It doesn’t matter how fair I am or how hard I try to make them happy—some clients are just jerks.
The first time a client hurt my feelings was on one of my very first projects, way before The nuSchool. I was working with a freelance designer and a developer to create a website for a fashion brand. Things had gone well for the first few months of the project, and we were just about ready to launch. I needed the client to send me the images for the homepage slider, those images then needed some design work, and then we’d be ready to ship it.
I’d been asking the client to send me those images from day one, but he kept putting it off—even when we were down to the wire and the launch depended on it. So we couldn’t launch. He understood, and I let the designer and developer know it was fine for them to go work on other projects until we heard back from him.
A month later, the client called to say he had the images. “I’ve planned the launch party a week from Monday,” he said. “I’ve already posted the event on Facebook.”
Well, because a month had passed and I’d given my designer the go-ahead to work on other projects, she wasn’t able to just get back into this work. So I told the client we needed 2 weeks to launch. He absolutely lost it, screaming at me that he’d have to cancel the party. I was shaking with anger—I felt like a failure even though we could have avoided this whole mess if he’d just delivered those images on time.
“If you’re in a client-facing role, you have to learn how to handle upset clients.”
I could write a whole post about how all this might have been avoided: what I could have done differently, how I didn’t put enough effort into setting up expectations, or the fact that I shouldn’t have started working on the website before I received those images in the first place.
But that’s not the point of this post. When you’re in a client-facing role, no matter how much effort you’ve put in, you’re going to bump into an angry, frustrated, or just dumb client from time to time. And you have to learn how to deal with that.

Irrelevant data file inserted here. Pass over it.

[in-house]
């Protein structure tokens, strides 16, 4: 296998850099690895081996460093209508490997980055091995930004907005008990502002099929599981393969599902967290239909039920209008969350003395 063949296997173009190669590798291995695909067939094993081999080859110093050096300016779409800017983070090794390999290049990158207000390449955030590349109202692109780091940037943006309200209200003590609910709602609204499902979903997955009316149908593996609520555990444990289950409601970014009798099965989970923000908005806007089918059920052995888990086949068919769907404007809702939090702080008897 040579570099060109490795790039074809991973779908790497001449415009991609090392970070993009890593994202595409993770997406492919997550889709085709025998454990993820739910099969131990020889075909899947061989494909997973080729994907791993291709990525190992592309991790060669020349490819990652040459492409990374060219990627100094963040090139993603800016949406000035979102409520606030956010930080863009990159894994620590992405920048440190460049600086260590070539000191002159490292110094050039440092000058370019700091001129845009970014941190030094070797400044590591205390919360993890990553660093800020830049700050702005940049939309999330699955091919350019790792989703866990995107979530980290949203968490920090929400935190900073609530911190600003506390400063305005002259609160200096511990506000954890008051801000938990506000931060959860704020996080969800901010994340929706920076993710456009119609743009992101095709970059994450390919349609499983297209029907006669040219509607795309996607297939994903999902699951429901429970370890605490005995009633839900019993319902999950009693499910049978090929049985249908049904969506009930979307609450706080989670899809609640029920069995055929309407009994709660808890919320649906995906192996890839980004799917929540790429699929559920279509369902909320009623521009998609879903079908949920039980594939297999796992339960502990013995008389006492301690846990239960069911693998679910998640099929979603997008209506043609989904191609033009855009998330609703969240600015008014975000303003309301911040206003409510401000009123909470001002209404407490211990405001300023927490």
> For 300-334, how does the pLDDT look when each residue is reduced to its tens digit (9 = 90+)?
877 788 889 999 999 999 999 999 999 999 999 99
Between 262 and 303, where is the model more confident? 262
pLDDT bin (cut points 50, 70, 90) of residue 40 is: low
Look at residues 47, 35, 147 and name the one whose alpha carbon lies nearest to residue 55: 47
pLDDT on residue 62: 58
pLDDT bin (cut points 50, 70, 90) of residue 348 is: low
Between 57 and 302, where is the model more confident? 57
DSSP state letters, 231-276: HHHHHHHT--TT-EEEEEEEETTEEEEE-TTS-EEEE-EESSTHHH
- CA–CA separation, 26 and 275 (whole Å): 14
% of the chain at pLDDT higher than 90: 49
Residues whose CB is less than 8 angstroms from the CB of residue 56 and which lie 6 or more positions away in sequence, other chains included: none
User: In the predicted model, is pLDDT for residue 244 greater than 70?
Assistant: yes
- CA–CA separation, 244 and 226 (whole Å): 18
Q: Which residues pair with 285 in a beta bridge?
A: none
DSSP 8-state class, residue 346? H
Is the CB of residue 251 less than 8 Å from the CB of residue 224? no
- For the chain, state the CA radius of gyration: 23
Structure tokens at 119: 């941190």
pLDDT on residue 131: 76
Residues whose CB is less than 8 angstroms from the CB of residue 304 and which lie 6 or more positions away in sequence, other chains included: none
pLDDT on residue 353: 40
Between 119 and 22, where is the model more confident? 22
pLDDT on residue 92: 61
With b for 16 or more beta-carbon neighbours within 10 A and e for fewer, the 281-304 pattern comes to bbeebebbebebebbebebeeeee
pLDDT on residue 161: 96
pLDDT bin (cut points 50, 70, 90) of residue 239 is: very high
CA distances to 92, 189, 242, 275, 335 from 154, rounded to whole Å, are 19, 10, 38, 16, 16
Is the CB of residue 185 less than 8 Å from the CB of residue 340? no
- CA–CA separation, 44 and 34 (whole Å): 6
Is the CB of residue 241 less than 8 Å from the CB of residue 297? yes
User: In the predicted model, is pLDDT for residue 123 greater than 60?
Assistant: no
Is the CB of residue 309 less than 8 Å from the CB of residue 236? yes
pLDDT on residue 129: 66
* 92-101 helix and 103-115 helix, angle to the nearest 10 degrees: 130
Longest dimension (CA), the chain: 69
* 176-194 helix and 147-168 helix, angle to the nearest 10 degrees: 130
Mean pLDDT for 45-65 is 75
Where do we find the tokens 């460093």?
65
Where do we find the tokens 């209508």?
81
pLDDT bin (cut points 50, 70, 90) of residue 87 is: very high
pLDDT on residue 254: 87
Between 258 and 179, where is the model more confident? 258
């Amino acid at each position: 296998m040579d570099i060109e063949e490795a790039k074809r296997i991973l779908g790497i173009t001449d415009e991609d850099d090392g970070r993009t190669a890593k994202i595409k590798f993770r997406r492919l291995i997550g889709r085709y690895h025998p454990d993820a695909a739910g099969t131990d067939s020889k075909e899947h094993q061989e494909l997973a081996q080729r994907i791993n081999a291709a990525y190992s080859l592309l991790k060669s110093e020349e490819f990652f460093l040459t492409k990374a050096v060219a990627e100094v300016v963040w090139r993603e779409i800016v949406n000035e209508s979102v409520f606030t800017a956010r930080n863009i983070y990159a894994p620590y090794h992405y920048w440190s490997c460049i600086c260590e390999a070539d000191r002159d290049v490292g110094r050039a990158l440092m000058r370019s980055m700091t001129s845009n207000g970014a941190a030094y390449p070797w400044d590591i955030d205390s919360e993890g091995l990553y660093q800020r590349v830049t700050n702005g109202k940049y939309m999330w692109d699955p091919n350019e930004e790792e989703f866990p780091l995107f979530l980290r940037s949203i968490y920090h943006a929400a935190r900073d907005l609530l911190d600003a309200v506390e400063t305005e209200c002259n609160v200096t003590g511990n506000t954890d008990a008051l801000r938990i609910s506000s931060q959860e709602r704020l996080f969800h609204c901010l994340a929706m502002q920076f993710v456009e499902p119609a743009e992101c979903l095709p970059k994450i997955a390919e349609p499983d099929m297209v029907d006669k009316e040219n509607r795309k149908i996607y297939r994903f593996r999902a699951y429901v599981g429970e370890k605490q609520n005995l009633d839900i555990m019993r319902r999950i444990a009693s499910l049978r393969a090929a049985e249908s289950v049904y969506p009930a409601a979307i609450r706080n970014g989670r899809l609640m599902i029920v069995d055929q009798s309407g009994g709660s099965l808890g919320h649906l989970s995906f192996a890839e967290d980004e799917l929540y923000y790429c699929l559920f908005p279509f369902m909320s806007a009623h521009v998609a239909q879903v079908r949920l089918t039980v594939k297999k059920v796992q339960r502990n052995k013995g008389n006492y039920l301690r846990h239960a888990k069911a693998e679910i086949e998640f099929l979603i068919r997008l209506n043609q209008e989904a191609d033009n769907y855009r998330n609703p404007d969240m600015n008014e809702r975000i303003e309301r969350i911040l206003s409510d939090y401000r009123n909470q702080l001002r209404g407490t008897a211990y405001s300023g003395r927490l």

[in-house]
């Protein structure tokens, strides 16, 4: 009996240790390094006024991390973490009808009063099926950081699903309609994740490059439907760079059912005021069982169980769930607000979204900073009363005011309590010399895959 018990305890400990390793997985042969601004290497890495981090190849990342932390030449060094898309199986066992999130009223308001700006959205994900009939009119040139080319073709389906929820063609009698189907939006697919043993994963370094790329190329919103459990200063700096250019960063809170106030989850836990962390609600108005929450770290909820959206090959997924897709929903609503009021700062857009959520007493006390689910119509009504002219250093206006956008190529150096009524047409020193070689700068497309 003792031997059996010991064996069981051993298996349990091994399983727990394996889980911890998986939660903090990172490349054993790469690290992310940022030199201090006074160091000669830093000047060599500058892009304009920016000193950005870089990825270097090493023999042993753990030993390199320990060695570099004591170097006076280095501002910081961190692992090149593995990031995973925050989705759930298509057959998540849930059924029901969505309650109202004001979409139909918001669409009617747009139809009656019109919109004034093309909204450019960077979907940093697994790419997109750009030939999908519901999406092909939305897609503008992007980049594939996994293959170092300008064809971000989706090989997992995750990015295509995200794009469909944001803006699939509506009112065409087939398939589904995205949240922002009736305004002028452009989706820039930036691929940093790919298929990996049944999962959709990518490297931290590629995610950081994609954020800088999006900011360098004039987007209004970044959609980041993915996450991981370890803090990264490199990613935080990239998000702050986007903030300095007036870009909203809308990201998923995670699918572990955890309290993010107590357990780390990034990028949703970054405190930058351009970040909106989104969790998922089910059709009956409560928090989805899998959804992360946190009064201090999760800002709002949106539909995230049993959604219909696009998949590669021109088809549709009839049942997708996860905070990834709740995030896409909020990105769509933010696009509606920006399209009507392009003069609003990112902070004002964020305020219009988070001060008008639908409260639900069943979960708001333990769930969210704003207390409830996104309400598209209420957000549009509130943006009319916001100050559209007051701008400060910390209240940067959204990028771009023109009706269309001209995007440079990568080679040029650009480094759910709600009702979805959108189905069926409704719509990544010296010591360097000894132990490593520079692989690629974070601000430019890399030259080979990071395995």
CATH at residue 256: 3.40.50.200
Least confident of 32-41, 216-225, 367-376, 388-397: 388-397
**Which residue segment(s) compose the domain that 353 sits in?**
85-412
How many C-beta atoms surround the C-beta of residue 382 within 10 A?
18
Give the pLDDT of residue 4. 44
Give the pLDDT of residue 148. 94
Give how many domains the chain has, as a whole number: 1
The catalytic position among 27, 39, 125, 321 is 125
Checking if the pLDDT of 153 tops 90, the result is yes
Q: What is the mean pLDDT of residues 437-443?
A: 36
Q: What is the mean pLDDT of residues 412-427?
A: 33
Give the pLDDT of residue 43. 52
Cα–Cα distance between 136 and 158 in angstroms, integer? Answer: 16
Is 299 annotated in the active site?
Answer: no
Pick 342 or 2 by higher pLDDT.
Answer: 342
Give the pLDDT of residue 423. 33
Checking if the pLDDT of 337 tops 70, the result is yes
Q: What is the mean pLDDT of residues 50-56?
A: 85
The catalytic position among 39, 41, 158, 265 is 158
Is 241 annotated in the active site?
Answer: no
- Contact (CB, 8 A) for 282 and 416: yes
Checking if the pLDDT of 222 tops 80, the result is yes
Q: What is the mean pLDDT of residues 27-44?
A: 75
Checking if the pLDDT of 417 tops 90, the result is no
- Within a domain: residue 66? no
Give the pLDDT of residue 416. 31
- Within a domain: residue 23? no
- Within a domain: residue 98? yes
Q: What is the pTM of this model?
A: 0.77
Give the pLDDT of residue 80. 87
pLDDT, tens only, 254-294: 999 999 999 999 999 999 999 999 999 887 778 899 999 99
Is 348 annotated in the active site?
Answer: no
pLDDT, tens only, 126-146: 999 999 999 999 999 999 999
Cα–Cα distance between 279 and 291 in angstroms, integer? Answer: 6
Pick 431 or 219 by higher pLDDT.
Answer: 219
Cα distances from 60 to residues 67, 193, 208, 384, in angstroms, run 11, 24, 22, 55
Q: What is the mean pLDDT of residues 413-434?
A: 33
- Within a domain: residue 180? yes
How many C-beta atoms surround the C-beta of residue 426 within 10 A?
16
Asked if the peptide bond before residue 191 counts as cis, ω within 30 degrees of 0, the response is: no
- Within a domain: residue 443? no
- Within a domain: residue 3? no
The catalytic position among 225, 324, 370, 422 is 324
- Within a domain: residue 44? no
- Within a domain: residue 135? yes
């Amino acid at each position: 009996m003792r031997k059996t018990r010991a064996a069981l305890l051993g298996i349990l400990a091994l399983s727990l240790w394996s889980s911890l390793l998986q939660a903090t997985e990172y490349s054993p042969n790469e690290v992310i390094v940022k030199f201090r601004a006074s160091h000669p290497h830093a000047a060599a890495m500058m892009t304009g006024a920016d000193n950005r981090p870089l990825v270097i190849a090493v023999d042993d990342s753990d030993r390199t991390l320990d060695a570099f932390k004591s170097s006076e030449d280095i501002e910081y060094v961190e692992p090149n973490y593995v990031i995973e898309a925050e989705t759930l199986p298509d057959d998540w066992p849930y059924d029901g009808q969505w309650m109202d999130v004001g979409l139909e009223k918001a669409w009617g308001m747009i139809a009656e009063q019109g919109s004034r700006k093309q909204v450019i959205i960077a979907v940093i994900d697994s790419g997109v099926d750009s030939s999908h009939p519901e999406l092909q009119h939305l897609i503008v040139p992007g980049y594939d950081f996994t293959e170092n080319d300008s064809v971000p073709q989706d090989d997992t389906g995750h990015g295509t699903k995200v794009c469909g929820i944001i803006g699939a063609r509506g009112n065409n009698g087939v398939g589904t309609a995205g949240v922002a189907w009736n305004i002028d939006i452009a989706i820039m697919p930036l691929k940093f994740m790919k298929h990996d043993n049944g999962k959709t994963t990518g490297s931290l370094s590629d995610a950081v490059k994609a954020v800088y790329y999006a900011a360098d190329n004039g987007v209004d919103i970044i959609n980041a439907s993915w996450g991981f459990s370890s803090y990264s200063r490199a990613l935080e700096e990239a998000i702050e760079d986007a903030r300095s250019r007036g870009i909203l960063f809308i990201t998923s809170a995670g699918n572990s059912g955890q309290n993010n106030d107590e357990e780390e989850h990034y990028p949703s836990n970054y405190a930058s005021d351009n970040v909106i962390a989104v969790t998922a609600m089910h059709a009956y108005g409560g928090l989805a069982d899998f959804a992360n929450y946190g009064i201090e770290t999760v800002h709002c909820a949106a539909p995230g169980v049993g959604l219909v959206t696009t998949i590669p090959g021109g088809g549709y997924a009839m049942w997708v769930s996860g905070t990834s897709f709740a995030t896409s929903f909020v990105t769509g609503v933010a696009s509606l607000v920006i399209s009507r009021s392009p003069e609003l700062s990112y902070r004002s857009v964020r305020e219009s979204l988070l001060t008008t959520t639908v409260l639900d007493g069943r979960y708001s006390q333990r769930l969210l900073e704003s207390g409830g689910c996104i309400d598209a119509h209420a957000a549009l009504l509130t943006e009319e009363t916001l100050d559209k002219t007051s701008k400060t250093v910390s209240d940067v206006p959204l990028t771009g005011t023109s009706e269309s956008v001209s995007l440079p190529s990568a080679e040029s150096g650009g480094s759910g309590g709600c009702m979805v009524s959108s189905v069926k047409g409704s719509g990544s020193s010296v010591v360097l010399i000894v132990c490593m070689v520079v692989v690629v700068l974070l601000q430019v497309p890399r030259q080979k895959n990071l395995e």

So what do you do when a client hurts your feelings? Learn from me and follow these tips:
1. Be aware of potential conflicts and try to stop them as early as possible
While talking to a client, and even before I have a call or send an email that I suspect could make them upset, I recount the facts to myself to make sure I’m okay with my choices and doings. Then I make sure that I’m telling the story the right way. I’m not apologetic, but explanatory.
“Be explanatory, not apologetic.”
If I feel that something is going wrong, I try to avoid getting into a fight. Some people can handle a good fight with a client—I can’t. I prefer to avoid conflicts. So to keep from getting hurt, and without being apologetic, I try to ask the other side to stop the conversation right here and now, and get back to it when both sides are more relaxed. Tomorrow.
2. Find someone to talk to
Don’t deal with client conflicts on your own. Grab the phone and call a friend, your partner, or even someone from your family—and tell them what happened. Most likely they’ll be on your side, and you’ll immediately feel better.
3. Join a community of people who share the same problems
I’m sure that if you’re still reading this, it means a client hurt your feelings at least once. It happened to me, too. And guess what? It happens to many of us. So even if you don’t know me well, you might have connected to my story, and vice-versa.
“Don’t deal with client conflicts on your own—talk to someone.”
Sharing your story with people who’ve gone through the same situation is really helpful. That’s actually the only reason that sometimes I wish I worked in a real office.
It could be a forum, a Facebook group, or even a non-formed community. It doesn’t really matter as long as you feel comfortable to share your feelings and stories, and others can share their stories with you.
4. Take a breather
After a tough conversation with a client (I didn’t have too many of those, but I do remember them all), I go lie down on the sofa for a few minutes. I shut my phone off and start breathing deeply for at least 10 minutes.
At first, my brain is full of sad/hateful/frustrated thoughts. But the longer I’m there, relaxing and breathing deeply and slowly, the better I get. The head starts to clear and I start to detach myself from the bad experience and connect back to myself and to reality.
These days, I’m dealing much better with not-so-nice clients. But once in a while it still happens—they hurt my feelings.
And you know what? That’s fine. It means I’m not a robot.
This post was originally published on The nuSchool.